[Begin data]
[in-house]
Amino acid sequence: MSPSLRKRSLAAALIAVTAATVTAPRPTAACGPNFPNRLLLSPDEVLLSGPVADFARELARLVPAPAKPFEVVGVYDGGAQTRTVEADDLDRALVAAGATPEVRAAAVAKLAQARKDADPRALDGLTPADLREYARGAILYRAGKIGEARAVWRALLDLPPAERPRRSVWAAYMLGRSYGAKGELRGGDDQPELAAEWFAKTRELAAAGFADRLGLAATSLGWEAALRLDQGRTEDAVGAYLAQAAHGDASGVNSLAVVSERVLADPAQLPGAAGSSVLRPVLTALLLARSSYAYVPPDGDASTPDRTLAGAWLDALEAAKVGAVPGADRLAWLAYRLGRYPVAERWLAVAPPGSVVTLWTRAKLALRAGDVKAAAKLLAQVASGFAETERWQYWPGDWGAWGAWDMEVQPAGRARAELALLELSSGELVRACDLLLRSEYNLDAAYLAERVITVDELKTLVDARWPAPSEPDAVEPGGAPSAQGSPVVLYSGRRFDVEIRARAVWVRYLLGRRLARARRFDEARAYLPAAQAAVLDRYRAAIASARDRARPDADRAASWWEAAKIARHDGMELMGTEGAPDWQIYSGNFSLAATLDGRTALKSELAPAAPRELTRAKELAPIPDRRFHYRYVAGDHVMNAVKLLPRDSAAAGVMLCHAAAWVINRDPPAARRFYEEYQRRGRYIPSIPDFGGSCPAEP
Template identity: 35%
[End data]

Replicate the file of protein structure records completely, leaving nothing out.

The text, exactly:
[in-house]
Amino acid sequence: MSPSLRKRSLAAALIAVTAATVTAPRPTAACGPNFPNRLLLSPDEVLLSGPVADFARELARLVPAPAKPFEVVGVYDGGAQTRTVEADDLDRALVAAGATPEVRAAAVAKLAQARKDADPRALDGLTPADLREYARGAILYRAGKIGEARAVWRALLDLPPAERPRRSVWAAYMLGRSYGAKGELRGGDDQPELAAEWFAKTRELAAAGFADRLGLAATSLGWEAALRLDQGRTEDAVGAYLAQAAHGDASGVNSLAVVSERVLADPAQLPGAAGSSVLRPVLTALLLARSSYAYVPPDGDASTPDRTLAGAWLDALEAAKVGAVPGADRLAWLAYRLGRYPVAERWLAVAPPGSVVTLWTRAKLALRAGDVKAAAKLLAQVASGFAETERWQYWPGDWGAWGAWDMEVQPAGRARAELALLELSSGELVRACDLLLRSEYNLDAAYLAERVITVDELKTLVDARWPAPSEPDAVEPGGAPSAQGSPVVLYSGRRFDVEIRARAVWVRYLLGRRLARARRFDEARAYLPAAQAAVLDRYRAAIASARDRARPDADRAASWWEAAKIARHDGMELMGTEGAPDWQIYSGNFSLAATLDGRTALKSELAPAAPRELTRAKELAPIPDRRFHYRYVAGDHVMNAVKLLPRDSAAAGVMLCHAAAWVINRDPPAARRFYEEYQRRGRYIPSIPDFGGSCPAEP
Template identity: 35%